"All We Got is Us", Spotlight of NYC's Graffiti Culture and Interview with REBOE of LNE Crew

Updated: Sep 16, 2021

Interview by Wes Knoll, (Instagram: @weskn0ll)

(Photo by Wes Knoll)

There exists a practice seen by many and known truly to a select few that has been practiced since our species has learned to communicate and is used for communication. One in which the active user and in most cases, abuser, must risk his or her freedom, safety, health, employment and relationships in order to be a part of the secluded community. Mind you this is all happening before one can actually even get good at it.

Like most religious practices it is often viewed by outsiders as a cult and is dismissed by non-believers as a trivial hogwash, a canker on the otherwise polished and untainted surface of the public skin. Akin to other ideological doctrines, it’s true and primary originator is and will forever be unknown; its rules and teachings are preserved verbally through the school of each-one-teach-one university.

Over the years many a false prophet has attempted to rise and preach the holy word of graffiti, gaining cheap fame and recognition along the way, but the true alchemical shamans don’t bat an eyelash as the writing on the wall will always speak for itself and real recognize real. It’s language is practiced by individuals and in groups, both physically underground and often times high up towards the heavens, in places most would never dare nor dream to go, and one of the men who speaks this language best is the graffiti writer REBOE.

REBOE of New York City’s quickly up and coming crew, LNE, has worked fastidiously both night and day at making a name for himself. Most importantly, LNE is making a name in history with the contribution of his premier film, All We Got Is Us-an hour long project rife with the anonymous faces of the young Atlases who are working to keep this ancient practice fresh and alive. I recently had the fortunate opportunity to sit down with him and pick his brain about the familiar face of graffiti, what it is and what it isn’t.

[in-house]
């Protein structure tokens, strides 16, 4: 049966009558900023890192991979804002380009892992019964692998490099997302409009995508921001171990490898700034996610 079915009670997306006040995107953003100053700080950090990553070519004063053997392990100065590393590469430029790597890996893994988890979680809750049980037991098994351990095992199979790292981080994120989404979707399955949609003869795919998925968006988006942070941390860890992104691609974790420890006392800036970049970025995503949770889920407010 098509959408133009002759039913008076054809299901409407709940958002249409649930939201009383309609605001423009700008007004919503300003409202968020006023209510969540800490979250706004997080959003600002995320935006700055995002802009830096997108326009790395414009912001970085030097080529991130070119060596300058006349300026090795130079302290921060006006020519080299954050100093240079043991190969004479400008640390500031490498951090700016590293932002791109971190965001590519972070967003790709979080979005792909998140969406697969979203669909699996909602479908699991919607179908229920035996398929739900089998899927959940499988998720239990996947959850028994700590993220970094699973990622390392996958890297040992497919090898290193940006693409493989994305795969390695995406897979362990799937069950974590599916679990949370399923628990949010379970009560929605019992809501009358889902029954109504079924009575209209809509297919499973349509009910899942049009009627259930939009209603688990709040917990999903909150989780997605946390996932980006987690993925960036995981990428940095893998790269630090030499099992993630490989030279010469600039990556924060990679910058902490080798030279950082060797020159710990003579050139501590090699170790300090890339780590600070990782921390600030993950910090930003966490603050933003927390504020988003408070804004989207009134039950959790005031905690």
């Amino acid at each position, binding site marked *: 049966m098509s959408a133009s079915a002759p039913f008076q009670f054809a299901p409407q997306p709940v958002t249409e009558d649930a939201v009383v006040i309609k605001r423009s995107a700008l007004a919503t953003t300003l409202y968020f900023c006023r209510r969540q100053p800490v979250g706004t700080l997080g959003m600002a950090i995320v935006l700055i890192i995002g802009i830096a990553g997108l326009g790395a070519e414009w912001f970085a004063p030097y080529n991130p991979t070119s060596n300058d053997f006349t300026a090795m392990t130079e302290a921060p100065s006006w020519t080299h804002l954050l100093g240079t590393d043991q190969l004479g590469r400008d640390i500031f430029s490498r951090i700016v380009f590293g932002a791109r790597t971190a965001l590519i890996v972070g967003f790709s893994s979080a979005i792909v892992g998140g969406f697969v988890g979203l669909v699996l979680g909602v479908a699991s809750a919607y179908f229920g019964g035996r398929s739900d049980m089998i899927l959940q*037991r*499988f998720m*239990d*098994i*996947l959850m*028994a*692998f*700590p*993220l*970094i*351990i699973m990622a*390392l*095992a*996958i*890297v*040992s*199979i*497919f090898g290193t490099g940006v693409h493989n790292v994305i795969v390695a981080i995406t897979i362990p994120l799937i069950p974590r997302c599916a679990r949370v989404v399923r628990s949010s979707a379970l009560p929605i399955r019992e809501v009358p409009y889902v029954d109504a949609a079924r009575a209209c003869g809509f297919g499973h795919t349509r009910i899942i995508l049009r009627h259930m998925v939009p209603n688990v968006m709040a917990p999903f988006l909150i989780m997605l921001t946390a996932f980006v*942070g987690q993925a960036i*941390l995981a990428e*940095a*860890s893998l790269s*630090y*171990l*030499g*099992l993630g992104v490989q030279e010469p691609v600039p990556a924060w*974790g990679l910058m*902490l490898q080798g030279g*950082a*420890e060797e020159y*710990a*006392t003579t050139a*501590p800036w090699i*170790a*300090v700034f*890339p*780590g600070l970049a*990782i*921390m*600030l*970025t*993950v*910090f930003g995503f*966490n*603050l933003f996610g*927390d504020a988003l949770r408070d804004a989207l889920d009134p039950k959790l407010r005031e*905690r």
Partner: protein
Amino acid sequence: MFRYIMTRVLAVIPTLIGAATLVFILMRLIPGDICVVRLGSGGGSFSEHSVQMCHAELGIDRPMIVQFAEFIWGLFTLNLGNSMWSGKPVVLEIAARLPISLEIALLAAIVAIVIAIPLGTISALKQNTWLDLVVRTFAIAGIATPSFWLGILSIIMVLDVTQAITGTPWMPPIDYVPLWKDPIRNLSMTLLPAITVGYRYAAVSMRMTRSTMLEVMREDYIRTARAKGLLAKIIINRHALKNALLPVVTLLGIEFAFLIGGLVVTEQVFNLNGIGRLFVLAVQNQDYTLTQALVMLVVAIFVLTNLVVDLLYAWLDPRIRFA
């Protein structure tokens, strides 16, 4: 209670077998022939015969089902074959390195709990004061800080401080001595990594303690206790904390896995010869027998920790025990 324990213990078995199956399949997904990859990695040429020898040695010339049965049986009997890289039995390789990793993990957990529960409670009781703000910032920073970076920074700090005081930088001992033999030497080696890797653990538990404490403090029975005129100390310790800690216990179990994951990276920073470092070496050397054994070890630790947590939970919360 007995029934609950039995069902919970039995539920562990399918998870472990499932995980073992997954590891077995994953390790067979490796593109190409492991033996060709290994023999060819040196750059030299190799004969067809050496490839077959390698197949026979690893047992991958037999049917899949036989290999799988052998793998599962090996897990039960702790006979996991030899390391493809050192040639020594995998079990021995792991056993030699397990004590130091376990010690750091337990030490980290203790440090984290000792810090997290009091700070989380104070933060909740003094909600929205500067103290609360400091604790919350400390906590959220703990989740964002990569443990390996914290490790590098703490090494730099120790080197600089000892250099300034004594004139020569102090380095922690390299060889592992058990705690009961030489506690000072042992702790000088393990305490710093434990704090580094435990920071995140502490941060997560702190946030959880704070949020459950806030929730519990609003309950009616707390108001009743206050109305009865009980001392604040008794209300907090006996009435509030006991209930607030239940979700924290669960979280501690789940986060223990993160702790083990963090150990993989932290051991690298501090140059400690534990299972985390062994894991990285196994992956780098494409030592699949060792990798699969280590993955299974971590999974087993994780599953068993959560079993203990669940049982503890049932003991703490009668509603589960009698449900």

* * *

All We Got Is Us (2019)

"You know when I see graff on the wall I see a bunch of straight letters and fill ins. I don’t say look at this art, it’s vandalism, it’s supposed to be raw. It’s supposed to be 'Fuck you! I did this and got away with it,' and it makes you feel good."

Let’s get some of the facts down before we get into anything good. What, when and why did you start writing graffiti?

I remember when I was mad little and I would be on the BQE and I remember seeing people have floaters and I remember being in the car with my cousin when I was really little- I had to be 10 or 11- I was like "how do people do that? Do they repel down on ropes?" She explained to me how people climb ladders onto roofs and bring the ladders up to the roofs to write their moniker there. I remember seeing PK KID and that was the first writer I ever noticed, but I remember what really turned me onto graff was when I was in the car with a childhood friend and asked what does PK KID mean. My friend’s dad explained to me why they were writing because he grew up with one of them. I was like "oh who are they what are they like" and he said he couldn’t tell me because "they wouldn’t like that", and I was like damn that’s so sick there’s nothing more to it, you see their name on the wall and that’s it. There’s no face to it you don’t attach the qualities of a person its just there, a name on a wall. When I was really really little my Mom would catch me with a can of Lysol and I’d be pretending it was a can of paint spraying it around the house but I first started writing when I was 14.

(Photo by Herman Yung)

Can you define graffiti?

Graffiti is writing on something, plain and simple. Whether it’s good or bad, it’s writing on something that’s not yours, or that you don’t have permission to do.

Do you believe that graffiti is a form of art, can be an art, or something entirely unique to itself?